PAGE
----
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date: 14 December 2018

Abstract and Keywords

At the end of Mulk Raj Anand's celebrated novel Untouchable, Bakha, the poor sweeper boy who is its hero, encounters the problem of how to reconcile India's past and future within contemporary politics. This article highlights Bakha's synthesis, the culmination of this day-in-the-life novel, as deeply engaged with the question of modernity. Modernism seems already to inhabit the early twentieth-century Indian novel in English as it comes of age, rather than appearing belatedly, as many have claimed, in the post-independence period. The discussion argues that Indian narratives in English of the late colonial period reveal strikingly innovative approaches to the twin problems of the development of subjectivity and political engagement, which at the same time also interact with the European literary tradition and challenge preconceived notions about what modernism can be.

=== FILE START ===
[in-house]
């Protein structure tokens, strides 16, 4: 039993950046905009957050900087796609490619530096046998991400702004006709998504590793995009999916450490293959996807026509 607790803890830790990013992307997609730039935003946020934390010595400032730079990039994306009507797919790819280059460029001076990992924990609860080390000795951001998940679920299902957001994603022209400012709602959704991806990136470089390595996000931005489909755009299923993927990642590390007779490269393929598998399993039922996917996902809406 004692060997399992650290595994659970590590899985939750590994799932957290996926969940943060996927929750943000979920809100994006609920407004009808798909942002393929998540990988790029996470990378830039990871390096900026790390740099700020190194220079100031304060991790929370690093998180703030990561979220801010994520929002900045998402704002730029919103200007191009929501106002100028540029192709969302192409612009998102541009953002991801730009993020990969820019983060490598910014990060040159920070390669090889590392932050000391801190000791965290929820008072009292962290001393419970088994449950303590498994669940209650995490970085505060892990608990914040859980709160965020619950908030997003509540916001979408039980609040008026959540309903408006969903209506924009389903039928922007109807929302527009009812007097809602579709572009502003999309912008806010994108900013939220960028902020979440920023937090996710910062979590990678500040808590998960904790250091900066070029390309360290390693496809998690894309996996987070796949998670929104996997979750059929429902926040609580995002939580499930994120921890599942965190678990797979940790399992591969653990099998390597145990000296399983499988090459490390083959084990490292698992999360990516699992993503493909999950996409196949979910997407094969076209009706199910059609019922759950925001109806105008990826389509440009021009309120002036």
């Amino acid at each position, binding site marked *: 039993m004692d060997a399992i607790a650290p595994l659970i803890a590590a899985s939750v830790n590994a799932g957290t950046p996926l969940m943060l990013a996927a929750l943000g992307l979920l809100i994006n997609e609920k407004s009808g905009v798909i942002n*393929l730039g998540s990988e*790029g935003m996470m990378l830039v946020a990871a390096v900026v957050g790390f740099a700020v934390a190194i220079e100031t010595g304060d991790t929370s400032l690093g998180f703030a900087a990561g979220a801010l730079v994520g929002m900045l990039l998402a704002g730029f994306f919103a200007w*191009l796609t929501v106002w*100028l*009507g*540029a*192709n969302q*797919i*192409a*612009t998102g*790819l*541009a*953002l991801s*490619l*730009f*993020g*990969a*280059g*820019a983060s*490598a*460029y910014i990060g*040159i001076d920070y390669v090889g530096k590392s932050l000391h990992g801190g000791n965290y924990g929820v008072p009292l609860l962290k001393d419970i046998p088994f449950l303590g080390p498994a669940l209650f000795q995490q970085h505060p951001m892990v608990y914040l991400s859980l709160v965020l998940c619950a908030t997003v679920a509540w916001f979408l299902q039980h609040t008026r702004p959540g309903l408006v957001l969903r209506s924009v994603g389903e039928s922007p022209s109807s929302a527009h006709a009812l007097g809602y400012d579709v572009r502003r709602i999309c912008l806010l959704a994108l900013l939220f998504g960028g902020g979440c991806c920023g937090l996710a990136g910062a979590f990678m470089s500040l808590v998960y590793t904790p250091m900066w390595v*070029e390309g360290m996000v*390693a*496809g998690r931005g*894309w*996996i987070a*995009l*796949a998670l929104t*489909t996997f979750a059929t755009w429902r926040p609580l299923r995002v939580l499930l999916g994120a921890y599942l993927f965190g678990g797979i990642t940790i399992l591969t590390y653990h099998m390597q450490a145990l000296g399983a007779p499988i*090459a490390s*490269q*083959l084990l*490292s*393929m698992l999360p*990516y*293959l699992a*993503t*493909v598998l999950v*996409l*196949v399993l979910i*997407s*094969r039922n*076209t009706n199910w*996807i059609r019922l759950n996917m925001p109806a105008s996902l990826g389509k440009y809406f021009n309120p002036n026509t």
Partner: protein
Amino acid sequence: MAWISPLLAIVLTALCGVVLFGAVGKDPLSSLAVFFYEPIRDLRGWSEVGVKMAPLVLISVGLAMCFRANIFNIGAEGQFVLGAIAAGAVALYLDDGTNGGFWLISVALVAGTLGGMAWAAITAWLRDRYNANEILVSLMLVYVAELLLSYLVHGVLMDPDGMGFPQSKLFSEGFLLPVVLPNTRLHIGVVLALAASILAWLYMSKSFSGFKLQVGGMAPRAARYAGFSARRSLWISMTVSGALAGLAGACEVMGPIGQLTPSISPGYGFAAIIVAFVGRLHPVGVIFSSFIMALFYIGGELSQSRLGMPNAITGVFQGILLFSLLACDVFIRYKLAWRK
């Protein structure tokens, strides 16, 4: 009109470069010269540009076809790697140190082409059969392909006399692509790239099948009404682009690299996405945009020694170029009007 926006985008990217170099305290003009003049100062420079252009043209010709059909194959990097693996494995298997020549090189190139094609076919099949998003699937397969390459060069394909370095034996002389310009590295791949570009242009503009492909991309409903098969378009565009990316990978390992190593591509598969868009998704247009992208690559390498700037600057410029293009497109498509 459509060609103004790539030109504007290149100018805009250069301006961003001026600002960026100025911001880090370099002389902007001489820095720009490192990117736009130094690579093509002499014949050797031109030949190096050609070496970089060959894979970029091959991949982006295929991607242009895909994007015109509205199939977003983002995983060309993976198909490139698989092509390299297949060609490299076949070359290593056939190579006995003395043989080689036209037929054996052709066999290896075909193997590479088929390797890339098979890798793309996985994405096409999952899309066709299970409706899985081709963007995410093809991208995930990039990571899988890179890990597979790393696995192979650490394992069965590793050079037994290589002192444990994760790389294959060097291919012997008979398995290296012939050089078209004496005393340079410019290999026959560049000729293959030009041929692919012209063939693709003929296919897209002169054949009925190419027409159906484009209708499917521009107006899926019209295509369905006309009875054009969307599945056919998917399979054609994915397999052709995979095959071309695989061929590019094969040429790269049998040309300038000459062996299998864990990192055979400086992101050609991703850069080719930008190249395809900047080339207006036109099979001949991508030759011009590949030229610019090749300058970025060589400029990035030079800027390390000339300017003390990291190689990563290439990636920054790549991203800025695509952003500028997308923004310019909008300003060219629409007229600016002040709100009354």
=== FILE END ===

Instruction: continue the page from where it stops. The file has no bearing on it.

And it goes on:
Keywords: Indian modernism, Mulk Raj Anand, Bakha, Untouchable, late colonial India

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